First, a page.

Today on Up! With Chris they got into the weeds of the Electoral College, they whys and the wherefores. It's being discussed again because 1) it's a Presidential election year, and the polls are close enough that there is no easy narrative for the press, requiring all sorts of speculation, and 2) there does actually seem to be the possibility that Obama could lose the popular vote yet win the Electoral College (and the Presidency) thanks to the quality of his campaigning in the precious swing states.
There's a lot of language in that paragraph regarding the preciousness of the swing states. I confess my expecations for the segment on the show were low, given that as a New Yorker I'm very much used to the concept that my vote in Presidential elections is less meaningful than a Floridian's, or an Ohioan's. (If they call themselves something else, I beg their forgiveness and their indulgence.) I've long known that if the election were based on popular vote instead of the electoral college my vote would matter more.
But Hayes took it in directions I'd never gone: that an election based on popular vote would reshape the campaigns' positions. In prepared remarks he talked about the number of people living in the Bronx, and how many of them felt their living situations were fragile; that this might raise the prominence of homelessness as a campaign issue. Understandably, he said that the number of people who care about homelessness was as equal (if not more) to the number caring about coal mining in Ohio. But with New York being reliably Blue, no candidate was going to cater to those living in the Bronx. A fair point, I thought.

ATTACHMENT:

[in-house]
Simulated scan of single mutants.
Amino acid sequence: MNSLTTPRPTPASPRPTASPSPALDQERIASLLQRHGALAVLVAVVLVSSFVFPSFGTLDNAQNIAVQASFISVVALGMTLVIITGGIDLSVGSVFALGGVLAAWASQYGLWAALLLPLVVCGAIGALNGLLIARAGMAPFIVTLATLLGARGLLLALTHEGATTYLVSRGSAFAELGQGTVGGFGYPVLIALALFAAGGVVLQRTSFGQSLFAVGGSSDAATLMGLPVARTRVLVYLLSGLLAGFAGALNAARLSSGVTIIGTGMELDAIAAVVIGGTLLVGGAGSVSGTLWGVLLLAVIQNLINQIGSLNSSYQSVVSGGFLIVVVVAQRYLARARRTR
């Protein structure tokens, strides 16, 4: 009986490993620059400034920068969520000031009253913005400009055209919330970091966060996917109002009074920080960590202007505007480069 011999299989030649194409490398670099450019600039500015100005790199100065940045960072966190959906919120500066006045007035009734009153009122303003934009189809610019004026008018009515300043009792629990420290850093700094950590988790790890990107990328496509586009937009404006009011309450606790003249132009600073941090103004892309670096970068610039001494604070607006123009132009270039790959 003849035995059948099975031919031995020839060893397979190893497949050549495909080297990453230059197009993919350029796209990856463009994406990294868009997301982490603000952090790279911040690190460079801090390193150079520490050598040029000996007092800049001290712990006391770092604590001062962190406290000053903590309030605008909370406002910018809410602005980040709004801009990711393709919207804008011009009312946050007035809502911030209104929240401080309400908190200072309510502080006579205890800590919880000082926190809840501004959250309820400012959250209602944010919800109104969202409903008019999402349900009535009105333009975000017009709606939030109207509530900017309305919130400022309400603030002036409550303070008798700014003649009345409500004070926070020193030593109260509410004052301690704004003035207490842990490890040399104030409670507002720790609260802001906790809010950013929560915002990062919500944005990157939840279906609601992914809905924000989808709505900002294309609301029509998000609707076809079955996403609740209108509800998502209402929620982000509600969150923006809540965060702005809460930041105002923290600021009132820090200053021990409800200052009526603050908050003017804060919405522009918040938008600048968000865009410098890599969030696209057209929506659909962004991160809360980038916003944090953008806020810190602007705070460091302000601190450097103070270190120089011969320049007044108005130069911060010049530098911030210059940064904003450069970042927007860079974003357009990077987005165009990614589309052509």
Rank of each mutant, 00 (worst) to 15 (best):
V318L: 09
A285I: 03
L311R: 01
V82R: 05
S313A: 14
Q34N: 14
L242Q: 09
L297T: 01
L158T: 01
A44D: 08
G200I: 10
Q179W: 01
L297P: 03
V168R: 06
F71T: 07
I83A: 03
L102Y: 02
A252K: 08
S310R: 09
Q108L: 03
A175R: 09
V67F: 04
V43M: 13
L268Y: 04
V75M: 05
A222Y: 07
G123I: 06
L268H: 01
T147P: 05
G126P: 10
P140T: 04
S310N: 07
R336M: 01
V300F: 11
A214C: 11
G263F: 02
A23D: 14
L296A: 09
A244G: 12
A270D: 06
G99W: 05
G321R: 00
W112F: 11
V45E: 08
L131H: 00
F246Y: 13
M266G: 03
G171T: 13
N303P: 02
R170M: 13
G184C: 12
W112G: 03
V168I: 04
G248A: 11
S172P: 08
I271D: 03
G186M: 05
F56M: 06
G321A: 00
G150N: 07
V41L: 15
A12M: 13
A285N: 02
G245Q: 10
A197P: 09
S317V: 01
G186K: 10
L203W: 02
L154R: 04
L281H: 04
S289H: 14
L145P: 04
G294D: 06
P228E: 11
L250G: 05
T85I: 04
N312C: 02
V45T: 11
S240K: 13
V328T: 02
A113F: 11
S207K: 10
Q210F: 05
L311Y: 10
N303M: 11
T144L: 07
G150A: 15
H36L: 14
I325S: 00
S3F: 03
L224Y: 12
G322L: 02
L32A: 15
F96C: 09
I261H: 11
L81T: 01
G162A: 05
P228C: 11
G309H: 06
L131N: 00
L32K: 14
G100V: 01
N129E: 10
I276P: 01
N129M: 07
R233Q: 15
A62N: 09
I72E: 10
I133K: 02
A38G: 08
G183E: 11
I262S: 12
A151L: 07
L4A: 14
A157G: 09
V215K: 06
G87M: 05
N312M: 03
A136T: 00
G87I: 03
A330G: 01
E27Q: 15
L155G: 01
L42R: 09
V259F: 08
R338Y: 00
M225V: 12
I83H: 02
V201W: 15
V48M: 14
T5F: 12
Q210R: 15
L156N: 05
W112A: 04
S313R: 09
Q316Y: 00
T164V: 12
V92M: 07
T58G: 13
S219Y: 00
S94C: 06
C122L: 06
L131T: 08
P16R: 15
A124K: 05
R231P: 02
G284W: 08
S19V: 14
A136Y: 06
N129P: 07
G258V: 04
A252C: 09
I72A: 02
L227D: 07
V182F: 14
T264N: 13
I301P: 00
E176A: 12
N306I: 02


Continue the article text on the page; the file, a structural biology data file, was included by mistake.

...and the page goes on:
It was only when he put the shoe on the other foot, discussing a GOP nominee appealing to Alabamans, that I saw the limits of the argument. His hypothetical GOP nominee, in a hypothetical Presidential election determined by popular vote, Hayes posited, would be inclined to swing even further to the right to appeal to Alabamans than he might otherwise.
It was here where I saw the problem. You know the joke about the two guys running away from the tiger? Where the faster one says he doesn't need to out run the tiger, he only needs to out run his fellow prey? In a national election determined by popularity, all that matters is relative positioning. A GOP candidate doesn't need to swing hard right to win the votes of Alabamans, he only needs to be more conservative than his Democratic opponent. Vice versa with the Democrat and voters in the Bronx.
Now, here's the rub, even further, a point missed in Hayes's discussion. In a popular election, you're not dealing with campaigning to Alabamans, or Bronxites, or Hoosiers or whatevers. You're dealing with numbers of people, not geographically-designated groups of people, because they are not monolithic. You might be campaigning to people in a DMA because they are likely to see the same advertising, but to try to send a different message to the Birmingham DMA than the Bronx DMA is risky: we no longer live in a world where you can presume there won't be bleed. There are active groups who are attentive to your contradictions.
I still like the idea of abandoning the electoral college, I truly do. But not because I think it will revamp campaign messaging. Only because it will truly give me equal footing with a voter in any other state.
(Note, I wrote this on my laptop without the regular opportunities to proofread. Sorry.)